In principle, all companies and organizations like to postpone the cost of IT security in the future, they choose to borrow from security and spend the money on other “more important” things. But by postponing the cost of IT security, you build up a so-called “security debt”, which means that you create a future cost to correct deficiencies in IT security.
The organization saves money in the short term by installing inadequate security systems and procedures. But in the long run, it must be remedied, which costs more than if you took the cost initially.
It’s easy to forget the interdependence between IT and business. IT is a business activity and the contingent liability thus in practice becomes both a business debt and a business risk, an IT incident is in fact a business incident.
An IT incident above all creates a lack of trust, which is contagious and can cause more serious financial consequences than the incident itself. Lack of trust can also not be remedied with, for example, insurance.
The accelerating digitalisation and the large increase in teleworking and learning caused by the COVID -19 pandemic also creates completely new risks with associated security requirements and is further based on the security debt at a rapid pace.
IT security is often handled at the wrong level. IT security must be planned and managed by the organization’s management team. But is instead left to the organization’s IT department, which has neither sufficient resources nor a mandate to perform the task. In some cases, the IT security responsibility is even left to external suppliers without requirements, transparency or control from the customer/organization.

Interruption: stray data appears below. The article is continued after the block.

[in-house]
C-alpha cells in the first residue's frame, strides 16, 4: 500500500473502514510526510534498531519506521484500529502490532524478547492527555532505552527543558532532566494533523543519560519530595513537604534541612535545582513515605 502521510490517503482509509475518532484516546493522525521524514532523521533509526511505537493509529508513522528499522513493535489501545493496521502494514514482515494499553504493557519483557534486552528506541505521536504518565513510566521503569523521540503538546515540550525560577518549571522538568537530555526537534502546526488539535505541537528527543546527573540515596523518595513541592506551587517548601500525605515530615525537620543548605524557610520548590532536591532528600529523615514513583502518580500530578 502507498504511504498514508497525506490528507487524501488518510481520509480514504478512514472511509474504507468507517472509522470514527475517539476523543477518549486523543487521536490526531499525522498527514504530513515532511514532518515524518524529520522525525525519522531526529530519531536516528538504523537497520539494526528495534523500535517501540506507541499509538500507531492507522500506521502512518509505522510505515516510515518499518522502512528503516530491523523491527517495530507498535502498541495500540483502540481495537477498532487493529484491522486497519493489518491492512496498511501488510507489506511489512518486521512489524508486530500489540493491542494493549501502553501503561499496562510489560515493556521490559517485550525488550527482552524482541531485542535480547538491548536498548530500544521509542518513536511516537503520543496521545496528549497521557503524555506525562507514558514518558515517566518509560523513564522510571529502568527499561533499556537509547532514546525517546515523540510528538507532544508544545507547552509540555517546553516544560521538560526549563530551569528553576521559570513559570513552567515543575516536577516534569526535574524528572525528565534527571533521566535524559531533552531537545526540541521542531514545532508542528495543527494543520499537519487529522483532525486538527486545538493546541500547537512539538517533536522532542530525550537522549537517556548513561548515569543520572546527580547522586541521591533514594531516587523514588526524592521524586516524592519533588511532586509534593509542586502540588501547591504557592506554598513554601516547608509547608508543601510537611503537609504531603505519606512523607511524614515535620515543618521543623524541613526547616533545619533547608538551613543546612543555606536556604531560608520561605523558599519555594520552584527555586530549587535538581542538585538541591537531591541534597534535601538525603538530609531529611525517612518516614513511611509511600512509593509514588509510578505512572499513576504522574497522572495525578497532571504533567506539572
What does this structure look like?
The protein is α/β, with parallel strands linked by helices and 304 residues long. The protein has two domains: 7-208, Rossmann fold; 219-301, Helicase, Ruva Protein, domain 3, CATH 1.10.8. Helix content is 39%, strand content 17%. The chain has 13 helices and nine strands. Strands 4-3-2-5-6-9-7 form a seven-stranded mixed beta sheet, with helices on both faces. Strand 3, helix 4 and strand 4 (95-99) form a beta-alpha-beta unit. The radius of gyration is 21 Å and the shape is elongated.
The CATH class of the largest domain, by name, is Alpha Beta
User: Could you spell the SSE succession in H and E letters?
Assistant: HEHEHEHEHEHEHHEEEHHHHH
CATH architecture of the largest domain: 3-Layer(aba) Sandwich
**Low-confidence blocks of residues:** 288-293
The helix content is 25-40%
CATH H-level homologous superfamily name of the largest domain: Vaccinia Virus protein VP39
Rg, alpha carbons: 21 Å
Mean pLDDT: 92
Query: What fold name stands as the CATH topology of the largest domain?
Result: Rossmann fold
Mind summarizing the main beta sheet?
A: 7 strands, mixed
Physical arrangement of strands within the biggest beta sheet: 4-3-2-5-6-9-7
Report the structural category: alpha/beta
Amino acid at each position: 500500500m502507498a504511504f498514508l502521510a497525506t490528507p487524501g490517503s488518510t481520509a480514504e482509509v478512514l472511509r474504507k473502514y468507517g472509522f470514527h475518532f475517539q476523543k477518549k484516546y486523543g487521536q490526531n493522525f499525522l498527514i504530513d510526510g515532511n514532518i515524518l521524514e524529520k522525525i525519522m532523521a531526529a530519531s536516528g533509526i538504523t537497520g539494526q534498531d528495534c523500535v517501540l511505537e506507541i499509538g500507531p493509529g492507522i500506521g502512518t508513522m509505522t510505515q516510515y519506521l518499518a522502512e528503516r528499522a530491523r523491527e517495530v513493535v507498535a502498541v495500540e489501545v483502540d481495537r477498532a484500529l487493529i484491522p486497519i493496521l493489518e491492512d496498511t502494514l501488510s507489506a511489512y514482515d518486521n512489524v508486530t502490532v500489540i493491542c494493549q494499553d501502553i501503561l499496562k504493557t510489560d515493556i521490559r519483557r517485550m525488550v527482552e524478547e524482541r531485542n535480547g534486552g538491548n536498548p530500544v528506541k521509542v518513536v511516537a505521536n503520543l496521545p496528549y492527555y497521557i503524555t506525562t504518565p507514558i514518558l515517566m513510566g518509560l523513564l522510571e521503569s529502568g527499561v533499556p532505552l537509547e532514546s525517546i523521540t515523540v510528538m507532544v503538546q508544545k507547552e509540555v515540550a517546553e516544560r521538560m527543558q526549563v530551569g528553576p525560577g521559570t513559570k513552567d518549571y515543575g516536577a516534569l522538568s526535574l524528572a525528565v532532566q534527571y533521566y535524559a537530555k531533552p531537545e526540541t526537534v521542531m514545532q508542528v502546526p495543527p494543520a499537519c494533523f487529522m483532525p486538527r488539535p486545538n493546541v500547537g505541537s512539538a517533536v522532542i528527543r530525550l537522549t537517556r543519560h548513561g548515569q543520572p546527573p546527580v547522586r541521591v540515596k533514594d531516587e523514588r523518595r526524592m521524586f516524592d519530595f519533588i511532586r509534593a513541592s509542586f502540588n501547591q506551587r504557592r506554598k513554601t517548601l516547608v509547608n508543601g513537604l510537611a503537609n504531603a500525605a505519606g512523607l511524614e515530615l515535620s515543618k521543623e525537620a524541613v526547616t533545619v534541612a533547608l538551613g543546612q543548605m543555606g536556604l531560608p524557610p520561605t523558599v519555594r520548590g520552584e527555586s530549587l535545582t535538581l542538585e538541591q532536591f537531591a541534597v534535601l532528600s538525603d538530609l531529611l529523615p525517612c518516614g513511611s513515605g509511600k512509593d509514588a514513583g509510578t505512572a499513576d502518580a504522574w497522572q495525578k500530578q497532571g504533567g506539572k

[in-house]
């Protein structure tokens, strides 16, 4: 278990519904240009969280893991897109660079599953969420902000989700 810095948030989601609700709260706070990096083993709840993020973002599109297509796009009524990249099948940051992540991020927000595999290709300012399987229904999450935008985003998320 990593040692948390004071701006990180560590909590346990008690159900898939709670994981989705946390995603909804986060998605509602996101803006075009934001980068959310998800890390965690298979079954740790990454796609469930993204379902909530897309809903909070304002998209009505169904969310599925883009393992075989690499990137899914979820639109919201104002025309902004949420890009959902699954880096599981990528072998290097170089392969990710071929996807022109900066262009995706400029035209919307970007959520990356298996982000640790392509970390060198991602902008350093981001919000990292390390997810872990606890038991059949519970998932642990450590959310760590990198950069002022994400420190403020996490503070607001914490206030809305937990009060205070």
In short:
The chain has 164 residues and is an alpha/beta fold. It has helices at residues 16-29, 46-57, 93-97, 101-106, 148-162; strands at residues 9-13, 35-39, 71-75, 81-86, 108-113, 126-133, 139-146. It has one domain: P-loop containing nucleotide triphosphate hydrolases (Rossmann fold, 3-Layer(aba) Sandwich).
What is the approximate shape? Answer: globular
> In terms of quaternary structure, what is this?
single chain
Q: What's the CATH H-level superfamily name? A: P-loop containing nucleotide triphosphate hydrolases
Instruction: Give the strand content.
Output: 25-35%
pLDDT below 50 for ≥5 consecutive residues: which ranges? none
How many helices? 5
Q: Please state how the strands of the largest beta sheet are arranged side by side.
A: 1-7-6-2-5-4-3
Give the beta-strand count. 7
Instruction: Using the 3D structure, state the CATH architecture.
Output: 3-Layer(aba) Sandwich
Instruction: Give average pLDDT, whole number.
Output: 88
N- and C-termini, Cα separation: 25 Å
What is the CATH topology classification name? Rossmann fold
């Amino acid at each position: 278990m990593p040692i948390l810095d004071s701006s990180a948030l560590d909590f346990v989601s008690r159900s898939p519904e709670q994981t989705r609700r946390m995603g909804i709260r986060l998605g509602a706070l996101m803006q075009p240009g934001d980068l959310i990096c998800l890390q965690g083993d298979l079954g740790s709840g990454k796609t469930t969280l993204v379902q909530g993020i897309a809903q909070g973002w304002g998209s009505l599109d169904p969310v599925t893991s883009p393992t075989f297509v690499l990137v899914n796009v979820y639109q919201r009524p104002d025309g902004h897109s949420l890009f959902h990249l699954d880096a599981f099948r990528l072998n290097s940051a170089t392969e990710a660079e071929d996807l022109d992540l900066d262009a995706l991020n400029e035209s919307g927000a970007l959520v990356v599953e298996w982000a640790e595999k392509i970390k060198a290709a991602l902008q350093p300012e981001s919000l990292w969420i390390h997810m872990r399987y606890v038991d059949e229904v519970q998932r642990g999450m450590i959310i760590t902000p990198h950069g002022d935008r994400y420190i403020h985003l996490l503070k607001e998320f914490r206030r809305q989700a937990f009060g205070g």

It is very important to identify the organization’s collateral debt and meet all the challenges and risks associated with it. At least the following measures are recommended to handle the security gaps:
- Understand what a collateral debt is and how it affects the organization.
- Make visible what contributes to the collateral debt.
- Realize the consequences of the collateral debt in everyday life.
- Pay off the collateral, without taking shortcuts.
- Make a vulnerability assessment and identify the most important issues that the management team should focus on.
The security debt is a constant challenge and it is something that business and IT leaders must constantly continue to review. Cyber security must be managed in a comprehensive and holistic way, not from a one-dimensional perspective. There is no end, it is a continuous journey.
Feel free to contact us at Schuetten Consulting, we have extensive experience in this area and can help you reduce your IT security debt through better cyber protection, everything from building your internal IT security organization to direct technical security measures.
TIP! You can hire us as your organization’s CSO (Chief Security Officer) as a part-time or interim assignment. A very advantageous and effective way to bring the necessary IT security knowledge into the organization’s management team.